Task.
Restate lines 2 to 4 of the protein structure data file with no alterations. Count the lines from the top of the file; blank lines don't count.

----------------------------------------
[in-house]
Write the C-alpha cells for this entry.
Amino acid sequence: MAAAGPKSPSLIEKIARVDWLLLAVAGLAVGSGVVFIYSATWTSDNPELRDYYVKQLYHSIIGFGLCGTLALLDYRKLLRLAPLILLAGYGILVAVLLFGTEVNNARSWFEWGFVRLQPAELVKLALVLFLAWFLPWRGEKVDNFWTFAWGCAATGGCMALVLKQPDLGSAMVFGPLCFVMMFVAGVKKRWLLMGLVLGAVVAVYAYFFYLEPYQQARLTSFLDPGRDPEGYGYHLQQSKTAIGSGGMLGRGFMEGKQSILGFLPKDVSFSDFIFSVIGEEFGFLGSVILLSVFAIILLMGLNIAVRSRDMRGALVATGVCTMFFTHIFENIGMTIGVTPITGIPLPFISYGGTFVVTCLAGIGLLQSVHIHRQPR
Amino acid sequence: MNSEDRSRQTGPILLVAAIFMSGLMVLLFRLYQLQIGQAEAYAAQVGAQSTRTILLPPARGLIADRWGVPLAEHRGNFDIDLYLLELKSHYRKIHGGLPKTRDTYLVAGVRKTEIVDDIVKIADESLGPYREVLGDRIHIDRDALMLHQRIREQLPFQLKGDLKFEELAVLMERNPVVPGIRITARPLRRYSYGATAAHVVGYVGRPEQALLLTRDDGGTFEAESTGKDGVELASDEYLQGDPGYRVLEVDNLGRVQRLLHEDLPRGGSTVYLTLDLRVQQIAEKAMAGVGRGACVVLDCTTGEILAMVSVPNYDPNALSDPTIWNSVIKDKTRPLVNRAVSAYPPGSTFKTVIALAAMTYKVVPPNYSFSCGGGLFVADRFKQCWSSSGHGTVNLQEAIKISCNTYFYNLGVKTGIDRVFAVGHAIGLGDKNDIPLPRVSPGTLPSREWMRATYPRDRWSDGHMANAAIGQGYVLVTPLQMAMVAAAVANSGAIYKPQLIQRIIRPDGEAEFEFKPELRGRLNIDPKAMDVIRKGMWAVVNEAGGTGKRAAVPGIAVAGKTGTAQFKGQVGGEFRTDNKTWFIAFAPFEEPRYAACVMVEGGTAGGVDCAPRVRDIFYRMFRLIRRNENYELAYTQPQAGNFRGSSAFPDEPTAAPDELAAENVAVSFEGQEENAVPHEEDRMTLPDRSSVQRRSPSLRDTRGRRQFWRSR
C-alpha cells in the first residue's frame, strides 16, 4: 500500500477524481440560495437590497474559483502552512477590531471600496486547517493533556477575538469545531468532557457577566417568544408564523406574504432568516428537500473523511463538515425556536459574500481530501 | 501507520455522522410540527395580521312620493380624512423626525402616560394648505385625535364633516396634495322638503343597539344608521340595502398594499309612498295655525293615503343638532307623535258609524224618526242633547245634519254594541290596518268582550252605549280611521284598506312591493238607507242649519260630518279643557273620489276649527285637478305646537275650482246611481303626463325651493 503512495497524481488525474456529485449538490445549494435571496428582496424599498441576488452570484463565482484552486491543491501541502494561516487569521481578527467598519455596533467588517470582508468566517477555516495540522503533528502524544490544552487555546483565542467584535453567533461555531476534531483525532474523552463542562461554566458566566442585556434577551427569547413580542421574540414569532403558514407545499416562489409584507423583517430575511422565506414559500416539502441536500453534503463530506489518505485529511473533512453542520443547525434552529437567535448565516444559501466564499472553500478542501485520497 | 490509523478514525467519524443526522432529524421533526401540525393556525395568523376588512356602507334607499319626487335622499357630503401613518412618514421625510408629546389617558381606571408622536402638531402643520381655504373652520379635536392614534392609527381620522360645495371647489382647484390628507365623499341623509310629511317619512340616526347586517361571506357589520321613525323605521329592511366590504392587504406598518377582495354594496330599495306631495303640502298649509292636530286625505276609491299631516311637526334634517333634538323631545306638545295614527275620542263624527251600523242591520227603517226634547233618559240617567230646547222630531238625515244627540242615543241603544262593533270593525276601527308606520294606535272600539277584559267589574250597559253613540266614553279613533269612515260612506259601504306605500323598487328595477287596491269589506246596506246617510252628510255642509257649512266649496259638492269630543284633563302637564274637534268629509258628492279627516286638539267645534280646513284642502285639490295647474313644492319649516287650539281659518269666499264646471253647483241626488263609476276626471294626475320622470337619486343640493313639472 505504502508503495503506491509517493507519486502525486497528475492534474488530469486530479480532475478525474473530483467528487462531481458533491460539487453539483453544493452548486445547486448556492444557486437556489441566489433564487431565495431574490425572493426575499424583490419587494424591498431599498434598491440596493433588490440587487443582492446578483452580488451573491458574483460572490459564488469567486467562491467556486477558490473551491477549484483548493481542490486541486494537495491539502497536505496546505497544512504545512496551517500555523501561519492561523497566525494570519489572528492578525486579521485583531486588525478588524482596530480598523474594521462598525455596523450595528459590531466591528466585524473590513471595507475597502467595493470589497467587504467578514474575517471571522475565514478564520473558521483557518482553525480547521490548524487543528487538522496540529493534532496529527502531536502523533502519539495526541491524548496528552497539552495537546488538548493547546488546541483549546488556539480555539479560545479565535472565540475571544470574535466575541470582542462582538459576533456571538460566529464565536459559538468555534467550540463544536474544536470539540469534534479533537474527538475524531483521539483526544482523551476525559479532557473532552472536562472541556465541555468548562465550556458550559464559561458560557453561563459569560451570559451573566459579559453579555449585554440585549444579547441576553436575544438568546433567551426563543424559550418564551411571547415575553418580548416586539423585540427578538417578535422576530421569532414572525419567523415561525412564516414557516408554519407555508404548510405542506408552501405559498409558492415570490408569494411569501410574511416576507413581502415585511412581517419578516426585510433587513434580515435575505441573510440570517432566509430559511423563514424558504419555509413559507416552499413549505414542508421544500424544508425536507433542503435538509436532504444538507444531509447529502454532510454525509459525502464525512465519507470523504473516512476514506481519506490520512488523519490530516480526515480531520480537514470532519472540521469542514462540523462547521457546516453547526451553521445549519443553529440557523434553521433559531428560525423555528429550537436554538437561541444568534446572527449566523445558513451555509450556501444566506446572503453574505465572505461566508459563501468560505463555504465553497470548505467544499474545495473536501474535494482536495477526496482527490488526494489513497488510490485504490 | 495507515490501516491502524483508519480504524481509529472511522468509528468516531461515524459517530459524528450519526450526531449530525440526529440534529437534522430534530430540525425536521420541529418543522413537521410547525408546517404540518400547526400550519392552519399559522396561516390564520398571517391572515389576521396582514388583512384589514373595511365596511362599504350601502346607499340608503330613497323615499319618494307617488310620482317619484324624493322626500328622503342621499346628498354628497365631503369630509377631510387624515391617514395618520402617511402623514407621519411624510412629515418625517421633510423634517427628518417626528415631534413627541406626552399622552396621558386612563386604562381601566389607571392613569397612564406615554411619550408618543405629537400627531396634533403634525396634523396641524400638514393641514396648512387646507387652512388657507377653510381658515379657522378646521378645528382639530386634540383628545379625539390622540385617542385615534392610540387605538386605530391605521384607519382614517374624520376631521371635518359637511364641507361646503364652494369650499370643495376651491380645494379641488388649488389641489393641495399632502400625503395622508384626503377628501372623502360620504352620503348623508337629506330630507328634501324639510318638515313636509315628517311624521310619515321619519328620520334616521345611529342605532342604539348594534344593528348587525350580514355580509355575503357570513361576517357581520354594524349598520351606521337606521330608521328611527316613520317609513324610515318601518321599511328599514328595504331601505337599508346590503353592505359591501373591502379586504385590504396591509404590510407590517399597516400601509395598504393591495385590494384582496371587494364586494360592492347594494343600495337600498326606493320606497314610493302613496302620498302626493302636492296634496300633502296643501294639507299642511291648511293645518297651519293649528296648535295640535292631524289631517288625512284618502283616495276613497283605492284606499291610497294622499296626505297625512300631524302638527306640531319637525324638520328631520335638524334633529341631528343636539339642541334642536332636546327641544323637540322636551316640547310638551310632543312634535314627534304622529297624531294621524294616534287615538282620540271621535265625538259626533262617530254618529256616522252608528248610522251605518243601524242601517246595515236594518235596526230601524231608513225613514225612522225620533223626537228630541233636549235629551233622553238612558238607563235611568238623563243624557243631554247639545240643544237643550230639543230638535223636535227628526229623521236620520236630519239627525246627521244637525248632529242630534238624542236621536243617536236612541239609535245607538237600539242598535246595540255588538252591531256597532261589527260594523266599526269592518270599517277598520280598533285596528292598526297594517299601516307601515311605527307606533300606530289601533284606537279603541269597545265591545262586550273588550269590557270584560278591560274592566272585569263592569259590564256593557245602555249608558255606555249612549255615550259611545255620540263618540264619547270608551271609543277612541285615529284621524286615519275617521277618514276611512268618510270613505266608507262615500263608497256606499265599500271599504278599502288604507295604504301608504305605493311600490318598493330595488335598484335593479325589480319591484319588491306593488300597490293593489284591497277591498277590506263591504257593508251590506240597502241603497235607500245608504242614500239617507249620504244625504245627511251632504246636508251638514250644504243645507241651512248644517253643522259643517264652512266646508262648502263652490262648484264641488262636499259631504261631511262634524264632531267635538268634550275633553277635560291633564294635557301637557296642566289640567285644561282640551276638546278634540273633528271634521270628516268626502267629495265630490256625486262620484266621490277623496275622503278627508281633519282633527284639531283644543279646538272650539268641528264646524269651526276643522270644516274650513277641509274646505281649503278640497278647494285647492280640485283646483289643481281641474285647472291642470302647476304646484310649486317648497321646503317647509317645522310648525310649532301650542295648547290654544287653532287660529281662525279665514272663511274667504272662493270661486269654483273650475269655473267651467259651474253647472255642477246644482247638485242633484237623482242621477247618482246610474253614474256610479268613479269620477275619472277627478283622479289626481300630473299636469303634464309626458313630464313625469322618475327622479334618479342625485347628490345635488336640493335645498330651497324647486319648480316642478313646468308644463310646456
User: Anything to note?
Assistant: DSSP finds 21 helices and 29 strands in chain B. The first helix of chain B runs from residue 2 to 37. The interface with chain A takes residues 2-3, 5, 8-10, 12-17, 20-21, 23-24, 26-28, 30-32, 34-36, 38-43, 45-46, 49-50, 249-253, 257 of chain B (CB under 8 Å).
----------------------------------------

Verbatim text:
Write the C-alpha cells for this entry.
Amino acid sequence: MAAAGPKSPSLIEKIARVDWLLLAVAGLAVGSGVVFIYSATWTSDNPELRDYYVKQLYHSIIGFGLCGTLALLDYRKLLRLAPLILLAGYGILVAVLLFGTEVNNARSWFEWGFVRLQPAELVKLALVLFLAWFLPWRGEKVDNFWTFAWGCAATGGCMALVLKQPDLGSAMVFGPLCFVMMFVAGVKKRWLLMGLVLGAVVAVYAYFFYLEPYQQARLTSFLDPGRDPEGYGYHLQQSKTAIGSGGMLGRGFMEGKQSILGFLPKDVSFSDFIFSVIGEEFGFLGSVILLSVFAIILLMGLNIAVRSRDMRGALVATGVCTMFFTHIFENIGMTIGVTPITGIPLPFISYGGTFVVTCLAGIGLLQSVHIHRQPR
Amino acid sequence: MNSEDRSRQTGPILLVAAIFMSGLMVLLFRLYQLQIGQAEAYAAQVGAQSTRTILLPPARGLIADRWGVPLAEHRGNFDIDLYLLELKSHYRKIHGGLPKTRDTYLVAGVRKTEIVDDIVKIADESLGPYREVLGDRIHIDRDALMLHQRIREQLPFQLKGDLKFEELAVLMERNPVVPGIRITARPLRRYSYGATAAHVVGYVGRPEQALLLTRDDGGTFEAESTGKDGVELASDEYLQGDPGYRVLEVDNLGRVQRLLHEDLPRGGSTVYLTLDLRVQQIAEKAMAGVGRGACVVLDCTTGEILAMVSVPNYDPNALSDPTIWNSVIKDKTRPLVNRAVSAYPPGSTFKTVIALAAMTYKVVPPNYSFSCGGGLFVADRFKQCWSSSGHGTVNLQEAIKISCNTYFYNLGVKTGIDRVFAVGHAIGLGDKNDIPLPRVSPGTLPSREWMRATYPRDRWSDGHMANAAIGQGYVLVTPLQMAMVAAAVANSGAIYKPQLIQRIIRPDGEAEFEFKPELRGRLNIDPKAMDVIRKGMWAVVNEAGGTGKRAAVPGIAVAGKTGTAQFKGQVGGEFRTDNKTWFIAFAPFEEPRYAACVMVEGGTAGGVDCAPRVRDIFYRMFRLIRRNENYELAYTQPQAGNFRGSSAFPDEPTAAPDELAAENVAVSFEGQEENAVPHEEDRMTLPDRSSVQRRSPSLRDTRGRRQFWRSR